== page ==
Wednesday, August 11, 2010

The Great Miracle of St. Spyridon on August 11, 1716

Commemoration of the Great Miracle of St. Spyridon in 1716 (Feast Day - August 11)

Historical sources that testify to the authenticity of the following event on the expulsion of the papal powers from the island, include the historical notes given by a great saint of our Church, St. Athanasios of Paros. We should all reflect upon the message of the following event.

THE GREAT MIRACLE

In 1716 the Turks had the island of Corfu under a tight siege. They had 50,000 troops and a good number of ships surrounding the island, cutting its lifeline from land and sea.

The Turkish armies had been concentrated at the far walls of the city. Andrea Pisani, a general of the forces of the Venetian Republic, was anxiously anticipating the oncoming enemy attack (since Corfu and the nearby islands were occupied by the Venetians at the time since 1386).

At daybreak on August 11, 1716, St. Spyridon, the patron saint of the island, appeared in front of the enemy lines holding a glistening sword in his right hand. His austere and grandiose appearance horrified the aggressors who began to recede. The Hagarenes, panic-stricken by the most awesome presence and fearless attack of the Saint, abandoned weapons, machinery and animals, running for their lives.

This great miracle became known throughout the island. The Turks had left behind 120 cannons, a large number of weapons, ammunition, animals and food.


After this powerful, surprising and most obvious miracle, the Venetian ruler Andrea Pisani, who belonged to the Latin Church, wanted to erect a Latin altar inside the Orthodox Church of Saint Spyridon (forever pushing for this was also the Latin Cardinal of the island). However, St. Spyridon appeared to Pisani in a dream saying: “Why are you bothering me? The altar of your faith is unacceptable in my Temple!” Naturally, Pisani reported this to the Latin Cardinal who answered that it was nothing but an evil fantasy of the devil who wanted to nullify the noble deed. After this, Pisani was much encouraged, so he ordered the necessary materials to commence construction of the altar. The materials were piled up outside of the Temple of Saint Spyridon. When the Orthodox priests of the Temple and the Greek leaders of the island realized what was going on, they were greatly grieved. They asked to meet with Pisani to ask him to put a stop to this. Pisani’s response was quite disheartening. He said quite bluntly, “As a ruler I will do whatever I please!” At that moment, the Orthodox community of the island turned their eyes to their Saint, beseeching him to put a stop to this abomination.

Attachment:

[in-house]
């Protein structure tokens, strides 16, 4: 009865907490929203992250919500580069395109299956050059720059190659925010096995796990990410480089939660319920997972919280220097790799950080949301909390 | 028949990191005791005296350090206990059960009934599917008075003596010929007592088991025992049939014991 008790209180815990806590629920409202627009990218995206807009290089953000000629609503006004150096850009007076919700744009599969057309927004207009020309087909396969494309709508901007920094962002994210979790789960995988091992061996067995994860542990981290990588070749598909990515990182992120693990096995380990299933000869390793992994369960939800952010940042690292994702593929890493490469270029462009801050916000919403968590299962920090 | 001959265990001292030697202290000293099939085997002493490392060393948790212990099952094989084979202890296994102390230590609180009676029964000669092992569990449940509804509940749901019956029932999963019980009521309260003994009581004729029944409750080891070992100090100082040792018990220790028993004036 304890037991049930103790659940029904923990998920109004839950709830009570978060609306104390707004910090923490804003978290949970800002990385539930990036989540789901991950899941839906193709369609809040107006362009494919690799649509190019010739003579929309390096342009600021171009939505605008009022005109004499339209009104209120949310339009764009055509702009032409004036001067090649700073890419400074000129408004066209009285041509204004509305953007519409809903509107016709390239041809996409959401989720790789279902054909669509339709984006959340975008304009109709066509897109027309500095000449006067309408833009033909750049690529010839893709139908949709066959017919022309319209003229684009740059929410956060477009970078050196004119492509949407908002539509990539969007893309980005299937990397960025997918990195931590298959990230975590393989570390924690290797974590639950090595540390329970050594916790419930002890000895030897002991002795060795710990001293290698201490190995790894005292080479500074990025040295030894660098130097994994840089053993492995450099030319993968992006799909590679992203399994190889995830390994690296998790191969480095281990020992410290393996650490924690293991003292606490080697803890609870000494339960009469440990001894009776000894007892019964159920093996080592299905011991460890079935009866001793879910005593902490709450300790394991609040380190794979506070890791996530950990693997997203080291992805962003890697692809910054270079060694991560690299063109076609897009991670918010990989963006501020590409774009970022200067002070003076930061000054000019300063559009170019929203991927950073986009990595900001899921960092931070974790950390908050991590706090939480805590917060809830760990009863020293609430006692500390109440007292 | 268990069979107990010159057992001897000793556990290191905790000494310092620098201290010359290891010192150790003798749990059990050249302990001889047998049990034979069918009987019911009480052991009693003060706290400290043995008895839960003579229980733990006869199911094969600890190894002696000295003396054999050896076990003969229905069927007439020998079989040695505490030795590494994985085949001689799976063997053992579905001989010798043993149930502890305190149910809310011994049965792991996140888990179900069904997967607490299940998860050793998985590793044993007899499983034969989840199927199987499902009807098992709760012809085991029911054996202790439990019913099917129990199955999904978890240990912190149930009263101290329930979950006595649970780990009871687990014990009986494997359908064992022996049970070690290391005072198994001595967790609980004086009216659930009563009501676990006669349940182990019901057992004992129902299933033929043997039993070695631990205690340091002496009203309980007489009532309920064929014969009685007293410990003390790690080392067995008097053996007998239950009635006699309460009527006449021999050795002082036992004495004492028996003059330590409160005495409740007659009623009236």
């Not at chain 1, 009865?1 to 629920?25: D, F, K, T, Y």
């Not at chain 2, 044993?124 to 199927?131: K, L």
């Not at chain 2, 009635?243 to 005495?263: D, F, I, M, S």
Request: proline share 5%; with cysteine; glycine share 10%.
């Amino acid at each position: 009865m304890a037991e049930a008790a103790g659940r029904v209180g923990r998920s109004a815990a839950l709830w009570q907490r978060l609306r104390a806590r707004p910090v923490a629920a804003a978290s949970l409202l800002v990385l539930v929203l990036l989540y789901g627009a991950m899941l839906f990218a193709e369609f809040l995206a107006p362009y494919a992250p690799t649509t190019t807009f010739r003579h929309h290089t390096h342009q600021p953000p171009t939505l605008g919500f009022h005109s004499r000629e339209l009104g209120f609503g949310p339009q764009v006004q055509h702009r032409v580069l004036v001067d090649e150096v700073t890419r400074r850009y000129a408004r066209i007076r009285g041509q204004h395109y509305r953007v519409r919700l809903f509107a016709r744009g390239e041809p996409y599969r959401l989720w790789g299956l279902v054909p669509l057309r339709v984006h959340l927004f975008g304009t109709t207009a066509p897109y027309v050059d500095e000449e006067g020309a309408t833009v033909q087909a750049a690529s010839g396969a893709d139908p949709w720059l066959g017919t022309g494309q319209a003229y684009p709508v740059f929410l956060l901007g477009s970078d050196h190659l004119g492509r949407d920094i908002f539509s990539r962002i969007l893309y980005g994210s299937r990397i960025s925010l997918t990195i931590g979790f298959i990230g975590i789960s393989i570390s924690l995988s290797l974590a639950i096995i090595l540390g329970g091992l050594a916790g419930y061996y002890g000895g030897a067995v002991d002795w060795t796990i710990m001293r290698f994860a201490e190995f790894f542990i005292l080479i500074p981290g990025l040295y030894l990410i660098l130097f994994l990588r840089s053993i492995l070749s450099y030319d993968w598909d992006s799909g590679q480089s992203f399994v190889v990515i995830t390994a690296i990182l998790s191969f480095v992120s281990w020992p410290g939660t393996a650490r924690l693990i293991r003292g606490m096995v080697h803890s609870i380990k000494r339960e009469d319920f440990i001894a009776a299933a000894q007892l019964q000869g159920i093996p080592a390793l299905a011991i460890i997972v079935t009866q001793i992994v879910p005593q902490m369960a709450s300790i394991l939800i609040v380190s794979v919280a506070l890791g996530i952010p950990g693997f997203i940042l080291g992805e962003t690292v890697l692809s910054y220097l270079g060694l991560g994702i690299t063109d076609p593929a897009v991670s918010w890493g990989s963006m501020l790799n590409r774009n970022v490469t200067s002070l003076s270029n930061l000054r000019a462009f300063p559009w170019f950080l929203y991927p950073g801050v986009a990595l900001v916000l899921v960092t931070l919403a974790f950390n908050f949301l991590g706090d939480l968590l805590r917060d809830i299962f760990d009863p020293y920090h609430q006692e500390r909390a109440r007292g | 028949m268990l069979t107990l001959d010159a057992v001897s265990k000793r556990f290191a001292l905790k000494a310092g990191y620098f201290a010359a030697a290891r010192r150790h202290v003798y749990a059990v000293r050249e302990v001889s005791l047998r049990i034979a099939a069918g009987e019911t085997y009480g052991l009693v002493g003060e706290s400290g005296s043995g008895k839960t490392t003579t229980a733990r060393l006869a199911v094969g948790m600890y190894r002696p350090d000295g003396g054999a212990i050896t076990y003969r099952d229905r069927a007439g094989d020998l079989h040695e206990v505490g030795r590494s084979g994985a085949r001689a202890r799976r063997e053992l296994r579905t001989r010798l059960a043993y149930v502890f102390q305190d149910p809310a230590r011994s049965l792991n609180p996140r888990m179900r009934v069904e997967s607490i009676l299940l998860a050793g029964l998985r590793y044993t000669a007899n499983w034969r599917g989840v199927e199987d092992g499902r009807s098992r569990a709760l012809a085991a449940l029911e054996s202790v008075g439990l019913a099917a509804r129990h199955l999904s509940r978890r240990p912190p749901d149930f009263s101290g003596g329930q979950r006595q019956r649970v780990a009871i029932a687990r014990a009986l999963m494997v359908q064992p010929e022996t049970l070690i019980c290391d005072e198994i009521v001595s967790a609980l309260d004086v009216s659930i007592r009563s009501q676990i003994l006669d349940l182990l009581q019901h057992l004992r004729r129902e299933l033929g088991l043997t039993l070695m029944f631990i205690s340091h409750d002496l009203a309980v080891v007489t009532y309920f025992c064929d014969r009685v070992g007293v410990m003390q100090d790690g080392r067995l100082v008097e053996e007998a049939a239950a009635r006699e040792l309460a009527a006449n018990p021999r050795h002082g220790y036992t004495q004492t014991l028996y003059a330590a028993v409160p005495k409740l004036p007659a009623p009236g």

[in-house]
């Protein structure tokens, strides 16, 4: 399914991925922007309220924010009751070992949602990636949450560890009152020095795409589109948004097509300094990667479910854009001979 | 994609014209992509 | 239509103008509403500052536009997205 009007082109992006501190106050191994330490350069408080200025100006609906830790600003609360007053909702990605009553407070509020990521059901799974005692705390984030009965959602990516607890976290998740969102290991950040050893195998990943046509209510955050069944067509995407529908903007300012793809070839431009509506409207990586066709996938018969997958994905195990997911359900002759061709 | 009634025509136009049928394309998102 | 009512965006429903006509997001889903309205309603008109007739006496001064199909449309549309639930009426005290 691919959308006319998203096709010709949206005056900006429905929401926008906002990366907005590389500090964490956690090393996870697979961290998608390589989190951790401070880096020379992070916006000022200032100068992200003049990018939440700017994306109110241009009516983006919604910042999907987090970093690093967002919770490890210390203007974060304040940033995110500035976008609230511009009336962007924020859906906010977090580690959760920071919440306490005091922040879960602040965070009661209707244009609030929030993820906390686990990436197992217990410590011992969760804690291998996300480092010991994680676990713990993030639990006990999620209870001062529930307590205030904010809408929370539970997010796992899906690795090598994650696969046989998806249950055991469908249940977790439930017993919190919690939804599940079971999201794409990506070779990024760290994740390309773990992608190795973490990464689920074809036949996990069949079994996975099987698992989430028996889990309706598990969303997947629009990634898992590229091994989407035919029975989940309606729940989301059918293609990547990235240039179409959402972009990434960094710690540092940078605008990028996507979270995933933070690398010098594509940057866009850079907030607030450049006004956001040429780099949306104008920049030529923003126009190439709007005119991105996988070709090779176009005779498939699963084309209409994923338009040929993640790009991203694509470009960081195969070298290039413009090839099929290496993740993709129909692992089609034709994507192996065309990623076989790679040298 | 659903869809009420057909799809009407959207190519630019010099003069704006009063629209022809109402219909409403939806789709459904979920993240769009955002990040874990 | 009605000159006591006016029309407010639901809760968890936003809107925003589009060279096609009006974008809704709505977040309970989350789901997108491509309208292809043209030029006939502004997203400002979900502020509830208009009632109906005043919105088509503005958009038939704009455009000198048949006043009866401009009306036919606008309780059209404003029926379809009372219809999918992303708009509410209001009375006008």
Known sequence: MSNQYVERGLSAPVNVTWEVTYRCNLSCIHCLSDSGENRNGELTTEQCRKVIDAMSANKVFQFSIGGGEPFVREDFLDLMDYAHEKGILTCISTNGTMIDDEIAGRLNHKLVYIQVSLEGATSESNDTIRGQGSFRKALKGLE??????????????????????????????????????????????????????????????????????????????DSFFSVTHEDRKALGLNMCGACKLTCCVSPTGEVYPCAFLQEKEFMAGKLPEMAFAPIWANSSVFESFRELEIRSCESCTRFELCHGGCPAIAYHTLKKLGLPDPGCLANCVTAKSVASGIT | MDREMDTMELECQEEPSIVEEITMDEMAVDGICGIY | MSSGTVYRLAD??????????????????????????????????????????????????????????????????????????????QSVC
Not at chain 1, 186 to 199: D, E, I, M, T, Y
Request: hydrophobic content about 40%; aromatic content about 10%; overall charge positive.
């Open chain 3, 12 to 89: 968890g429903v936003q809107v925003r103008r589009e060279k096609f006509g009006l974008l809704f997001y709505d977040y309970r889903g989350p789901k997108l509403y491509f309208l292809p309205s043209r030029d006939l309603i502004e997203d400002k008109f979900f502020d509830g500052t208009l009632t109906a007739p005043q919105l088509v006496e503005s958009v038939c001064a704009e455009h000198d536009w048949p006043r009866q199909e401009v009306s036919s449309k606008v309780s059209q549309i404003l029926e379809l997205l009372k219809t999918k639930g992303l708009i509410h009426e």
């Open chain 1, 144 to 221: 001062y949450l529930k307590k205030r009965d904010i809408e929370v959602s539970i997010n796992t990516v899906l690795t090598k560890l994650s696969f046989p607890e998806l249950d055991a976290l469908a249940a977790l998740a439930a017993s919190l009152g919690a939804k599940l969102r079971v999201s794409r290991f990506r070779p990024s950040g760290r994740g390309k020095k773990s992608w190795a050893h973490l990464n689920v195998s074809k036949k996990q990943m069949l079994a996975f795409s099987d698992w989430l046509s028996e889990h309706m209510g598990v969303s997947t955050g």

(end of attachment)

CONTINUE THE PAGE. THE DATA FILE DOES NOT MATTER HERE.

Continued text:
That same night, St. Spyridon appeared to Pisani as a monk and told him, “I told you not to bother me. If you dare to go through with your decision, you will surely regret it, but by then it will be too late.”

The next morning, Pisani reported all this to the Latin Cardinal who now accused him of being not only faithless but also of being “yellow”. Again, after this, the ruler mustered up enough courage to order the construction of the altar.


The Latins of the island were celebrating their triumph while the Orthodox were deeply grieved. Their grief could not be comforted and with tears they begged for the Saint’s intervention to save them from the Latin abomination.

The Saint heard their prayers and intervened dynamically.

That evening, a terrible storm broke out, unleashing a barrage of thunderbolts on the Old Fort, Pisani’s base and his ammunition barracks. The entire fort ended up in a holocaust. 900 Latin soldiers and civilians were instantly killed from the explosion, but not a single Orthodox was harmed (as they were not allowed inside the fort after dark). Pisani was found dead with his neck wedged between two wooden beams. The body of the Latin Cardinal was found thrown a great distance from the fort.

But the most incredible fact was that the same night and at the same hour, another thunderbolt struck in Venice, targeting the compound of Pisani, burning his portrait that hung on the wall. Strangely enough, nothing else was damaged. Also, the guard of the ammunition barracks saw the Saint draw near him with a lit torch. He was carried by the Saint near the Church of the Crucified without a single scratch.

The Old Fort of Corfu

Kontakion in the Second Tone
Wounded by your love for Christ, O holy one, your mind given wings by the radiance of the Spirit, you put the practice of theory into deeds, becoming a sacred altar, O Chosen by God, and praying for the divine illumination of all.

Video from August 11, 2010 with Archbishop Ieronymos of Athens attending the litany in honor of the feast.

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